Company Culture: Embracing Shared Responsibility for Success


I recently read an article in HBR by Denise Lee Yohn, which really resonated with me. It talked about organisational culture being a shared responsibility of all in the organisation. This blog is not intended as a summary rather it examines some of the key points that I believe are relevant to SME’s.

In a rapidly changing business landscape, company culture is pivotal to organisational success. The traditional top-down approach to building company culture, where leaders dictate and employees follow, is no longer effective. This transformation has been expedited by various factors, including the disruptive impact of COVID-19 and the increasing emphasis on diversity, equity, and inclusion (DEI). As a result, the present culture-building paradigm has emerged, one that places responsibility for culture on everyone within the organisation.

The New Shared-Responsibility Culture

The approach doesn’t view culture-building as a vague concept influenced by everyone but led by no one. Instead, it recognises that different individuals and functions within the organisation have distinct roles in shaping and sustaining the culture.

What is culture?

Culture is defined as the collective behaviour, attitudes, and beliefs that inform how work is done within an organisation. It encompasses both formal, stated norms and the implicit ways people interact.

So, what are the main aspects to the shared responsibility of culture paradigm? In its basic form it is about the share distribution of responsibilities:

1. CEO and Senior Management Team: They define and cultivate the desired culture through leadership actions, such as setting culture-oriented objectives and key results (which should include aspects of culture). They also design the organisation’s processes to support the culture.

2. Middle Managers: These leaders play a pivotal role in daily employee experiences. They can align their group function with the organisation’s culture through activities such as coaching and training. Importantly, they serve as culture role models. I believe that in SME business middle management hold the key to driving culture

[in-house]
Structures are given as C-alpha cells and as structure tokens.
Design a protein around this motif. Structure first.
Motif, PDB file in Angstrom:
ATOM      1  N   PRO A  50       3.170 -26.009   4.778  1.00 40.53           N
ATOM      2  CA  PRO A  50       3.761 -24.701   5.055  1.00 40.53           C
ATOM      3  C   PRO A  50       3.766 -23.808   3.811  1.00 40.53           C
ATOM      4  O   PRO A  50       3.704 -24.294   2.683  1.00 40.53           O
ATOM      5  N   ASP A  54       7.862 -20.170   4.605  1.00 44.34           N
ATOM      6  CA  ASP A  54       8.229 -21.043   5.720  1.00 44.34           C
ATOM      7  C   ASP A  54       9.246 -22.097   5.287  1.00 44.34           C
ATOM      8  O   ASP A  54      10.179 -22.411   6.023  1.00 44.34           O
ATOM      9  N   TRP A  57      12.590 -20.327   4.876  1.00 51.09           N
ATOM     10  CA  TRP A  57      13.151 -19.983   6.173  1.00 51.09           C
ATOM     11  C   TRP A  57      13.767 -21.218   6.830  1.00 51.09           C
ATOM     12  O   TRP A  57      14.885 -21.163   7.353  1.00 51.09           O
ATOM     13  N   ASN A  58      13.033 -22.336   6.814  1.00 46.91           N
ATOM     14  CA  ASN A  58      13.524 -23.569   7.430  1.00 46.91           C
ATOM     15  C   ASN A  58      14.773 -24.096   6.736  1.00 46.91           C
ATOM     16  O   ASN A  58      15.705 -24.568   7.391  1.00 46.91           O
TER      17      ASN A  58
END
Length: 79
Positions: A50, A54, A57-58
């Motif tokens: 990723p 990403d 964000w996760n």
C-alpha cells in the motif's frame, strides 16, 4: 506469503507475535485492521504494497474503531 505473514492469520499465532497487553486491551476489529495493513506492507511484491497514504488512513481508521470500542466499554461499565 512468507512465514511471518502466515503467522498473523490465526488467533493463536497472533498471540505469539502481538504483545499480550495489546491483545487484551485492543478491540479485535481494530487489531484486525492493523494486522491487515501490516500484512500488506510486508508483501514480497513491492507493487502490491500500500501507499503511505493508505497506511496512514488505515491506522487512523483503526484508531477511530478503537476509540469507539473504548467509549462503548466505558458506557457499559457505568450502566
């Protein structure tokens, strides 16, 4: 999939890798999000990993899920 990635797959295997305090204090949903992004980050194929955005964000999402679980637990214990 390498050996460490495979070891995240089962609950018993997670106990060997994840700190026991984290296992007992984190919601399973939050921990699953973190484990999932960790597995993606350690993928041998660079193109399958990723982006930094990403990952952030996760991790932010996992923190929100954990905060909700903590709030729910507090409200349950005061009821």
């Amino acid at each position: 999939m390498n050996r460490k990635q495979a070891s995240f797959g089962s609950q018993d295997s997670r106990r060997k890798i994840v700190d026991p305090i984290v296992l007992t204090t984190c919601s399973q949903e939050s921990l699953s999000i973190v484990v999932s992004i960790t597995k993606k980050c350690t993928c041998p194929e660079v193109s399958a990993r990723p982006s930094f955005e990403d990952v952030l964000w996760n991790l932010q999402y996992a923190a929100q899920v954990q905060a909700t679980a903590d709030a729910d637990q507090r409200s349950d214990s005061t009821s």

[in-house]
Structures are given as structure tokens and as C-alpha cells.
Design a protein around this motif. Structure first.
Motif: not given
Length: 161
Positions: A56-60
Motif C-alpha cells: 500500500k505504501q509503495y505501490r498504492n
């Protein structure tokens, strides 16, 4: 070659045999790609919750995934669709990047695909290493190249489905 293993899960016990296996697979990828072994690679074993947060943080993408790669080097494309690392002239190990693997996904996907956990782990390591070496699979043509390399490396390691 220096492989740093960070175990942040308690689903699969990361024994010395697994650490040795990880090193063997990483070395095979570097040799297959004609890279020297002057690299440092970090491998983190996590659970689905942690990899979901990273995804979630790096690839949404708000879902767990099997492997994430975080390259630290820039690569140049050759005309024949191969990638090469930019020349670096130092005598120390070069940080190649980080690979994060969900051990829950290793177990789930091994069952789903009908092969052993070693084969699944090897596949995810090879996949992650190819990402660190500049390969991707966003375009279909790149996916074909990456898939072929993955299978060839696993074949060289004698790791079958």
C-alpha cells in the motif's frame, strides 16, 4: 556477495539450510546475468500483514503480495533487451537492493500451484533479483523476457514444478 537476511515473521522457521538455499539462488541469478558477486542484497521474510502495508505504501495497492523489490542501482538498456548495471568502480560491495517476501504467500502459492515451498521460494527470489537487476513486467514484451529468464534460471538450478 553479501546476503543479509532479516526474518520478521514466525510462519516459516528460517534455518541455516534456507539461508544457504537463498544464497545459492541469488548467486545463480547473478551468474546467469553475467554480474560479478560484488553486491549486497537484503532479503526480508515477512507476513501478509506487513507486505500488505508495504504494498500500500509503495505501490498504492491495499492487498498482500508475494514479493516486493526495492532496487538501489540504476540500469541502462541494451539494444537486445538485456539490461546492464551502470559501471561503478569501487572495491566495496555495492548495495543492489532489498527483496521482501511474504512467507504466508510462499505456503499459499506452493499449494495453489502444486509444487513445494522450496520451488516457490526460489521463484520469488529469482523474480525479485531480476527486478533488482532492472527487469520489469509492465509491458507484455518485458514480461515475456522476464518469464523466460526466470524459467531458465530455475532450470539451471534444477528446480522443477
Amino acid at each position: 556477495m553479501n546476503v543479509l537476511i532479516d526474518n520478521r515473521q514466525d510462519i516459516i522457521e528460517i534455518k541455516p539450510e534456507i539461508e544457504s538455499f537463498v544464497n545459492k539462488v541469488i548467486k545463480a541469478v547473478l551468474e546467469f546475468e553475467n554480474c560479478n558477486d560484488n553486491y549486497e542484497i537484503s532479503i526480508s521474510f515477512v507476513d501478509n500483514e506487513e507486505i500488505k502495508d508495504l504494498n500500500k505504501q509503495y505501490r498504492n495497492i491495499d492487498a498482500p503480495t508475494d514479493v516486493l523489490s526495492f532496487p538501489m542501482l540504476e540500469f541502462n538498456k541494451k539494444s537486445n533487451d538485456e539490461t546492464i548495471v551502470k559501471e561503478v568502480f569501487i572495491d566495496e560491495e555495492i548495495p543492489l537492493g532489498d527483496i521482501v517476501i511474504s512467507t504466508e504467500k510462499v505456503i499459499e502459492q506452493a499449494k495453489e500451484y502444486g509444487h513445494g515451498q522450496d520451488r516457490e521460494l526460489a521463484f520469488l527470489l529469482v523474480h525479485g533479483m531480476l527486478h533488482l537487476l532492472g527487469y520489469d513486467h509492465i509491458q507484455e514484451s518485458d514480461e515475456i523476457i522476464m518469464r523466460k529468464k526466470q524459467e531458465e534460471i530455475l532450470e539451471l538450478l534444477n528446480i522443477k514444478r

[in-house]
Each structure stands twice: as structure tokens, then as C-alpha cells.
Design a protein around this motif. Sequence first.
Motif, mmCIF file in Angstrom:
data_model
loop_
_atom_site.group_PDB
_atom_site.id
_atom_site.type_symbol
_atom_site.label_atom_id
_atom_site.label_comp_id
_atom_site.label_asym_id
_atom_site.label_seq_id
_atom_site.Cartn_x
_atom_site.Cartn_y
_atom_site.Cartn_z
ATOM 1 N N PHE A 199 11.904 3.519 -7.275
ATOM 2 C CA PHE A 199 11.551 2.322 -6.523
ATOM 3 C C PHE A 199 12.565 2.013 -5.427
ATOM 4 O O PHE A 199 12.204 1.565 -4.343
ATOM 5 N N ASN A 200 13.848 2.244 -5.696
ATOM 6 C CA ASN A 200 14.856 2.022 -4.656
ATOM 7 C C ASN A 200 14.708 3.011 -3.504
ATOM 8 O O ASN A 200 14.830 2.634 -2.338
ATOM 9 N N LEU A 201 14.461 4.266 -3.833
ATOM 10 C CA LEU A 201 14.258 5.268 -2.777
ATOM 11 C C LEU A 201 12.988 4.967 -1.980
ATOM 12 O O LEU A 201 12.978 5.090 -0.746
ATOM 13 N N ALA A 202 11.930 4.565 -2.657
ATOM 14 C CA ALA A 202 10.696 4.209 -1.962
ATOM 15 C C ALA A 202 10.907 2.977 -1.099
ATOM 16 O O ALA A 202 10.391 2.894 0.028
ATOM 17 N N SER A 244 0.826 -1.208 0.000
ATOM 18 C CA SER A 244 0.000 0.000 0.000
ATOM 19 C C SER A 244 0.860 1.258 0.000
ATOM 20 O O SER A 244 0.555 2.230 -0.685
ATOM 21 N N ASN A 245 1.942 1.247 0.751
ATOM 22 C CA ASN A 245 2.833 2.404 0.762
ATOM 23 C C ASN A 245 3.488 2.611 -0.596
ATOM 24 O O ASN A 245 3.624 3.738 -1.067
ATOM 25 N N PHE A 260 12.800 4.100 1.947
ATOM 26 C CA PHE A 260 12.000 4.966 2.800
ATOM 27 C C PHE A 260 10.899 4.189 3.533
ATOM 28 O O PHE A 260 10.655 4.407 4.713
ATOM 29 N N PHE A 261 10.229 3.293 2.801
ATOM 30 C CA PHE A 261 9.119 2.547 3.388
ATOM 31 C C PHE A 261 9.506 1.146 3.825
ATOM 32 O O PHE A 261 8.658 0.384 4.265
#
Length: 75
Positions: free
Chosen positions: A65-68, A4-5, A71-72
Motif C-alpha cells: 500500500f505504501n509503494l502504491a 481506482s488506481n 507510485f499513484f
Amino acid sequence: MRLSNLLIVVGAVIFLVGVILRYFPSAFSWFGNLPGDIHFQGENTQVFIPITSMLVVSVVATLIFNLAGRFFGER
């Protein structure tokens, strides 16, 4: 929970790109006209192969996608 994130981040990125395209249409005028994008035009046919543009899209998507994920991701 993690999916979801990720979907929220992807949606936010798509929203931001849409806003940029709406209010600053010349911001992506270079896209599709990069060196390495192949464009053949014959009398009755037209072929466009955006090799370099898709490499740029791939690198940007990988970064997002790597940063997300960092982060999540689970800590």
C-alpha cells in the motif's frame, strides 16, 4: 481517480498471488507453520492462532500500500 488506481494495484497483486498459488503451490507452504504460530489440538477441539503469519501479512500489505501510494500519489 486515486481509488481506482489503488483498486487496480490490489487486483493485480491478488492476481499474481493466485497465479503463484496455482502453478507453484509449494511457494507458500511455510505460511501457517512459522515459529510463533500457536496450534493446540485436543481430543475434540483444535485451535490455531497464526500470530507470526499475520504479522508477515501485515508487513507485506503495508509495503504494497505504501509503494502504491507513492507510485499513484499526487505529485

Middle managers are often overlooked in culture-building efforts as it’s traditionally seen that the owner or CEO is solely responsible. Whilst this may be true, middle management are the drivers and implementers of culture, they must ensure that employees’ daily work experiences align with the organisation’s employee experience strategy. Whether that be in team meetings, one on one’s, performance catch ups. They are critical to actively communicating and role-modeling the desired culture.

3. Employees: All employees provide input on the desired culture and culture-building programs. They offer insights on how the desired culture aligns with or differs from the existing culture, customer perspectives, and employee needs. They also create, adhere to, and enforce routines and norms that reflect the desired culture.

A shared-responsibility approach to culture-building ultimately leads to a healthier, more aligned, and effective culture, which improves business performance.

Embracing Change and Adaptation

To succeed, changes to the culture must be explicitly communicated and vetted by all stakeholders, even if only some agree with them.

Organisational culture is no longer a top-down decree but a shared responsibility. A clear understanding with everyone working together to cultivate it. The CEO and senior management’s role is to prioritise culture and allocate the necessary resources to ensure its success.

Reference: Denise Lee Yohn. (2021, February 8). Company Culture Is Everyone’s Responsibility. Harvard Business Review.

Nick Hedges is the founder of Resolve HR, a Sydney-based HR consultancy specialising in providing workplace advice to managers and business owners. He recently published his first book, “Exiting underperforming Team Members – The Inside Scoop”. It is a practical response to the most pressing HR challenges, which can be found at

Disclaimer: The contents written do not constitute legal advice and does not cater for individual circumstances.   The information contained herein is not intended to be a substitute for legal advice and should not be relied upon as such.

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